With each passing year, the cultural boundaries that used to separate different camps of interests become thinner and thinner. Through the all-encompassing nature of social media, everything is under the same roof, and its inevitable that once divergent topics end up sharing space together. This can be seen in an equally curious and comedic light in the presence of Beeple on The Tonight Show.
Mike Winkelmann, better known as Beeple, is a digital artist known for his irreverent mix of fantasy, pop culture, and the grotesque. A disquieting thread runs through his work that is very evidently fuelled by an anti-establishment political ethos, treading a jarring line of humorous and horrifying in a dystopian future. From Disney to Trump, Nintendo to the pandemic, nothing seems off-limits for the bizarre and detailed depictions of Beeple. This is not to say that his work doesn’t also hold beauty—especially in earlier years, Beeple has shown a knack for creating transportive landscapes of sci-fi and cyberpunk natures, as well as deeply satisfying textural and geometric experiences.
But to know that an artist such as Beeple, whose style is so intrinsically tied to internet culture, would be a featured guest on Jimmy Fallon’s talk show would have been shocking to hear of one or two decades ago. There is a very clear difference between the aesthetics of Beeple and that of The Tonight Show, and you can see the artist is clearly tickled by the fact in his recurrent laughs to himself throughout the course of the night.
Beeple was celebrating the fifteenth anniversary of his project Everydays, a daily practice of digital creation he has been churning out for the last decade and a half. To mark the occasion, Beeple chose to create that day’s piece during the show. Taking inspiration from both Fallon and the audience, the artist made his way backstage to put together something encompassing such themes as the moon, spring, cherry blossoms, and people falling asleep to The Tonight Show.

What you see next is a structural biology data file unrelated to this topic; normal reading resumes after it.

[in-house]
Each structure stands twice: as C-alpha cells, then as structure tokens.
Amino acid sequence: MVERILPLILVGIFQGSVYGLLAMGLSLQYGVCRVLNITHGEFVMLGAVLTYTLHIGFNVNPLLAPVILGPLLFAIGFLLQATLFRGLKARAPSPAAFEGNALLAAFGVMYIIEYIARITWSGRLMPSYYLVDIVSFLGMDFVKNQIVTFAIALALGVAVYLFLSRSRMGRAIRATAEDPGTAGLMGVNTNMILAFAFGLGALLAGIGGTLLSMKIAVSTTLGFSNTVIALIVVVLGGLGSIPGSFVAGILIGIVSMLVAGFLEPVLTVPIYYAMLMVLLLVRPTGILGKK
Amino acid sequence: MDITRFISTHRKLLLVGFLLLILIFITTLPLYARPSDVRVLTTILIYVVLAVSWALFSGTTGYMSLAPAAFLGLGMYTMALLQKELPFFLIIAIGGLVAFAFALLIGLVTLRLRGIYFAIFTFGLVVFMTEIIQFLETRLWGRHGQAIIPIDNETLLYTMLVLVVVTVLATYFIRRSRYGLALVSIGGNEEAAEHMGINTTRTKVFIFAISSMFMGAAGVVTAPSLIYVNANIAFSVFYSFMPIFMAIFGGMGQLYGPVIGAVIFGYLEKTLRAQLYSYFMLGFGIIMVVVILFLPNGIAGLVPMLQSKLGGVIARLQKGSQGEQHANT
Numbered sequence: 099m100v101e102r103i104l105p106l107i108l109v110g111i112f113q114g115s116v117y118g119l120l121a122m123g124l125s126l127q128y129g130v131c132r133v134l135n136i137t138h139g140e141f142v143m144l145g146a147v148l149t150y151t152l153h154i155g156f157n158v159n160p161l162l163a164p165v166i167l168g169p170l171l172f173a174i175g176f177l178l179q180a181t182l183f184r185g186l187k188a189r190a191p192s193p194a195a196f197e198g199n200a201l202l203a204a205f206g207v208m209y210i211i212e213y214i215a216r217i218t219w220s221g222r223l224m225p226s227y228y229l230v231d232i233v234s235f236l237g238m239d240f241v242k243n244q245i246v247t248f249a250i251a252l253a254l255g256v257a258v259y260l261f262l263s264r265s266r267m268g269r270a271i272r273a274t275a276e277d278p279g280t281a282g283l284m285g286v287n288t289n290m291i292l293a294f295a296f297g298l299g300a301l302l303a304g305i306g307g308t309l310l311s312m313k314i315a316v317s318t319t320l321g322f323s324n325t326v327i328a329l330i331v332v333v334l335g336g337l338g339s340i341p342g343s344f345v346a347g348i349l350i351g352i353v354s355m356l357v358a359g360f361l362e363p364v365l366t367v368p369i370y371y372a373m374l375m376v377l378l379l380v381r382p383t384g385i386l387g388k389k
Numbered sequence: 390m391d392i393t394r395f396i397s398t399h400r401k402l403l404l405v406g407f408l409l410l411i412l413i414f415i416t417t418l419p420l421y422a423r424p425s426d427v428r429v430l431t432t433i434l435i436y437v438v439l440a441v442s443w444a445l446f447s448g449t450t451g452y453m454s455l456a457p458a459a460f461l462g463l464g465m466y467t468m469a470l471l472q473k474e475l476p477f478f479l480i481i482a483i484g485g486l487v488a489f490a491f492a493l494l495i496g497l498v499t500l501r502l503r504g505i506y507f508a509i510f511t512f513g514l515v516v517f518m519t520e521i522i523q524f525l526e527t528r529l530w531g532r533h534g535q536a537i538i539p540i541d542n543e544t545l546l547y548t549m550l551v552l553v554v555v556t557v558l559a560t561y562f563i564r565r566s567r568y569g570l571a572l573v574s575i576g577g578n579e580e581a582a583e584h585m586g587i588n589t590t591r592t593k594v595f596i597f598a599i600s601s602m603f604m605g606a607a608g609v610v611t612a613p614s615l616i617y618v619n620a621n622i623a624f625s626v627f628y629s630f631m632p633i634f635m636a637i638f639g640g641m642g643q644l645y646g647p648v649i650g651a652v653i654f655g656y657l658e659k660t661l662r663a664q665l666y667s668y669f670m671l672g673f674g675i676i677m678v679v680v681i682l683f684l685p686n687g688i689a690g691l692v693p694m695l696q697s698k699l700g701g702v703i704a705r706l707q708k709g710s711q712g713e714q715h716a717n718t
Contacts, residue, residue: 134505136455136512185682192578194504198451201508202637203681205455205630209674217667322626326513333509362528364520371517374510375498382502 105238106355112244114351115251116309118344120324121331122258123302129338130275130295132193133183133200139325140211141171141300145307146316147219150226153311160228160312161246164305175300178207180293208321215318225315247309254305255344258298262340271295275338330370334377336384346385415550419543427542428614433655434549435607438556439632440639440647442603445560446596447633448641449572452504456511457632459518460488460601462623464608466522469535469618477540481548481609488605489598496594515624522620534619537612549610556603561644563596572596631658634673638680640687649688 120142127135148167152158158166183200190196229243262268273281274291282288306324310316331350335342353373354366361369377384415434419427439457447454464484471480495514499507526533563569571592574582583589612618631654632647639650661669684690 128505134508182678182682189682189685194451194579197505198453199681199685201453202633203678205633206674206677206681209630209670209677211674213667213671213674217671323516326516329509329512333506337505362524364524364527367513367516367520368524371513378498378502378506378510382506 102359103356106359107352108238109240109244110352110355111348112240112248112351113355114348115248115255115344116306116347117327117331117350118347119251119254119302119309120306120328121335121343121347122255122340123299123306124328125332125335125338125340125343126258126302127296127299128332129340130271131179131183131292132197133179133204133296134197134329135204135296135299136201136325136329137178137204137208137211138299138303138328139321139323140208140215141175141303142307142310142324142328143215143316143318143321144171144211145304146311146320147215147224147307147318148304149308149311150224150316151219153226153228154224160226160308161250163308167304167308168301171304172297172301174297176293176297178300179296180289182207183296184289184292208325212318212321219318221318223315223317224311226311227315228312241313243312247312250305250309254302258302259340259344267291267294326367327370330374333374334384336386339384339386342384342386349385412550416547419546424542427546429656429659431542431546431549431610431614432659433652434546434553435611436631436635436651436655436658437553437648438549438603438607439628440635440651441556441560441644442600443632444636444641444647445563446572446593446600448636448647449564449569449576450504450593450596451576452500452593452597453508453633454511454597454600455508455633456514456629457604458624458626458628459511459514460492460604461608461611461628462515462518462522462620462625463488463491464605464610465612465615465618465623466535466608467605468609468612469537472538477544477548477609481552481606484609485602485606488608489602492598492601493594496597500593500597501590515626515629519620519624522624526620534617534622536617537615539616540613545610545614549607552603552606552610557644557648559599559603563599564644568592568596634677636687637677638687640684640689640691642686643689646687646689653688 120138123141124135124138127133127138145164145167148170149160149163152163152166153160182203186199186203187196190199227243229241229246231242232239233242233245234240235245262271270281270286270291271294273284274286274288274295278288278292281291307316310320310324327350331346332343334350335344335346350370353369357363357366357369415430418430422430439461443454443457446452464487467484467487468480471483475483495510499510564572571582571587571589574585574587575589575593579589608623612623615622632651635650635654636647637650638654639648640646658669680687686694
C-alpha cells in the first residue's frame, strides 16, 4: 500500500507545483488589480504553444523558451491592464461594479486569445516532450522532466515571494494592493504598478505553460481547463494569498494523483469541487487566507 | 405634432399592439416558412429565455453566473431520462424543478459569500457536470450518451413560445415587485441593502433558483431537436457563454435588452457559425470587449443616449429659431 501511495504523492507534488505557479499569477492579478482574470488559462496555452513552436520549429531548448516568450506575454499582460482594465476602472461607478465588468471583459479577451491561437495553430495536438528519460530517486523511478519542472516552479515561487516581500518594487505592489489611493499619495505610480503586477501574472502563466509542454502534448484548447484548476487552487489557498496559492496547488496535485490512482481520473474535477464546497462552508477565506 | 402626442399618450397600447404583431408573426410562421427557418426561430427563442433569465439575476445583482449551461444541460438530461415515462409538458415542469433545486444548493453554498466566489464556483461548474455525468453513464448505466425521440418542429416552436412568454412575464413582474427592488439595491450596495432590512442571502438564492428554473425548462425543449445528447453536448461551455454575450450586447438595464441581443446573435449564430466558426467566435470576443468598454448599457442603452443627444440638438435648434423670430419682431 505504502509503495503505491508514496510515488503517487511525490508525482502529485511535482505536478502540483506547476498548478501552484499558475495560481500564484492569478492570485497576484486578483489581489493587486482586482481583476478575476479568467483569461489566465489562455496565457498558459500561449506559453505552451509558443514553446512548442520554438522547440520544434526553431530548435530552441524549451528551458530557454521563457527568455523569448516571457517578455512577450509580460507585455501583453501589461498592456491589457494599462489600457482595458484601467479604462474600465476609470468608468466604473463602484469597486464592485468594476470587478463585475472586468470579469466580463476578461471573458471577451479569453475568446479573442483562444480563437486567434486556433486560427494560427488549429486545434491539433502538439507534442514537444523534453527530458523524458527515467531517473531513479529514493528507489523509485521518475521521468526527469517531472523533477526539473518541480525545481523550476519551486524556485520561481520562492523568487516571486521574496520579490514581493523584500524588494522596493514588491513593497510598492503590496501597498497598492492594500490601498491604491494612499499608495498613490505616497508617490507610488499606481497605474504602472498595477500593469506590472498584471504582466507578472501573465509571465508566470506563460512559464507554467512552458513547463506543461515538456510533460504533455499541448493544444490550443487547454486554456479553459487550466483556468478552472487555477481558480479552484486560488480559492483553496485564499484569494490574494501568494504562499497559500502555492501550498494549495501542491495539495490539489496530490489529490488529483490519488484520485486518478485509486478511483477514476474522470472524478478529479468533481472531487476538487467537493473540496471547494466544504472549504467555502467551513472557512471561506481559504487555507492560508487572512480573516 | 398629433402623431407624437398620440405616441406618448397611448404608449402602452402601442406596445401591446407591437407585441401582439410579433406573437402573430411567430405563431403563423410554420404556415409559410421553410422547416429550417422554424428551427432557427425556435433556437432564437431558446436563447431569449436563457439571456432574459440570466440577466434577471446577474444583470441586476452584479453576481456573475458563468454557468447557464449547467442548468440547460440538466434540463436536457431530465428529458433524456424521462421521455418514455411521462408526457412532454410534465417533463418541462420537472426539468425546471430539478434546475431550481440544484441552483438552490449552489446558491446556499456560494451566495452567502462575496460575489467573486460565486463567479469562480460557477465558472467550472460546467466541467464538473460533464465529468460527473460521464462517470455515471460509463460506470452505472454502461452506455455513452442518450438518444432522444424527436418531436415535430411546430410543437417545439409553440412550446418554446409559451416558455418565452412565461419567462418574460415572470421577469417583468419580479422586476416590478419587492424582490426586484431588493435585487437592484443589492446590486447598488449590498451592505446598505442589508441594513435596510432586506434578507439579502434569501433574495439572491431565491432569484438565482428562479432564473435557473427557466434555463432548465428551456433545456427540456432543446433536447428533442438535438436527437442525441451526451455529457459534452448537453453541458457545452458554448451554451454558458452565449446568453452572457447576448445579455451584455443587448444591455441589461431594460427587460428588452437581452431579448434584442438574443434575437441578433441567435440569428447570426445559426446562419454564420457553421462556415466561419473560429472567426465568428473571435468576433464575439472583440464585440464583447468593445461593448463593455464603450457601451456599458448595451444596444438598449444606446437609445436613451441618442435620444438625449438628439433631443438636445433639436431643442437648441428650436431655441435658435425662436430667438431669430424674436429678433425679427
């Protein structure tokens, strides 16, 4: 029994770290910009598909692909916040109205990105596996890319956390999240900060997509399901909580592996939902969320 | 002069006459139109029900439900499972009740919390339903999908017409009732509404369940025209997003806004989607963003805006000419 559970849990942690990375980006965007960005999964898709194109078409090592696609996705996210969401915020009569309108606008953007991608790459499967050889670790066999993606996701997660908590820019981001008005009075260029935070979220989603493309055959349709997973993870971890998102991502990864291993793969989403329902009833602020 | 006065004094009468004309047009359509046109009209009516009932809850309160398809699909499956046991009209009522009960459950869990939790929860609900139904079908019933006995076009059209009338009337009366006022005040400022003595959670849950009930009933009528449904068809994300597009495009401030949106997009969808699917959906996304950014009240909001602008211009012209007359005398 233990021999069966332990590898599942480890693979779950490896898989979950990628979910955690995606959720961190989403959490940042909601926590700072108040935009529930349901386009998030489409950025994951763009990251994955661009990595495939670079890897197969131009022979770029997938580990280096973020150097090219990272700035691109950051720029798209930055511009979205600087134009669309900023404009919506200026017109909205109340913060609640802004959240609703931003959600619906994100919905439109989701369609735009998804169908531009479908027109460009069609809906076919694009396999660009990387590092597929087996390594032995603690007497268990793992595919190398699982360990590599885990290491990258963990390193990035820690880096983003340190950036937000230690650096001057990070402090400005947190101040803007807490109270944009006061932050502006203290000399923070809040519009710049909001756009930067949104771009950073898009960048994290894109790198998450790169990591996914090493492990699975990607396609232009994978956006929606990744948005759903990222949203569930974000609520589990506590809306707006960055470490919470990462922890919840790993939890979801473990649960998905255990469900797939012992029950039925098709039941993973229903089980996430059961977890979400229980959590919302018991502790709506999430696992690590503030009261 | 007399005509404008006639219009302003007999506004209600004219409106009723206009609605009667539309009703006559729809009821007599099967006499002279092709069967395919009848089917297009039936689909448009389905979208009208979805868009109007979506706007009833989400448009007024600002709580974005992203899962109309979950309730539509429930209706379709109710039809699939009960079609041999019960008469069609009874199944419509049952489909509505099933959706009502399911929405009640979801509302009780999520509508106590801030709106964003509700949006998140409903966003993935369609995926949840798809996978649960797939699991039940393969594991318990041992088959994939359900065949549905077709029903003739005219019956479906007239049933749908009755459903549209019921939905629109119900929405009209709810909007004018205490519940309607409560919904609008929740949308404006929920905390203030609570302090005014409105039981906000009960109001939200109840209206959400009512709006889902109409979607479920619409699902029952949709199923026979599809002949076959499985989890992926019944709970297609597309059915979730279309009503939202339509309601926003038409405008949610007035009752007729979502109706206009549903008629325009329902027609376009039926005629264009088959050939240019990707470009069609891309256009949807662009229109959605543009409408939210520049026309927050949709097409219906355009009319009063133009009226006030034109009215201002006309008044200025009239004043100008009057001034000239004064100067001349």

What ensued was not in the least bit surprising given Beeple’s own repertoire, but was certainly a sight to be seen for the average late-night show. A massive depiction of Fallon’s head rested on a grassy plain, the moon framed behind it, and a small gaggle of corpse-like sleepers laying all around. The piece has a deeply surreal energy to it and rings of early 00s digital grotesques one might find themselves in a rabbit hole of. It’s a detailed depiction of Fallon, which tends to be what gives Beeple’s work its disquieting essence amongst these artificial settings. The artist was clearly giddily aware of the oddity that he created but the host took it in stride and was appreciative of this incredibly unique televised event.
Having just sold a collage of his daily project in the form of Everydays: the First 5000 Days last year for the sum of $69,400,000, Beeple has clearly stepped in as a major player in the NFT market. His style certainly is in accordance with the current trends of the sector, so it is no surprise that he has found success within it. And with a large player in the NFT field now being a choice for mainstream late-night TV, are we finally seeing the digital phenomenon making its way into the everyday?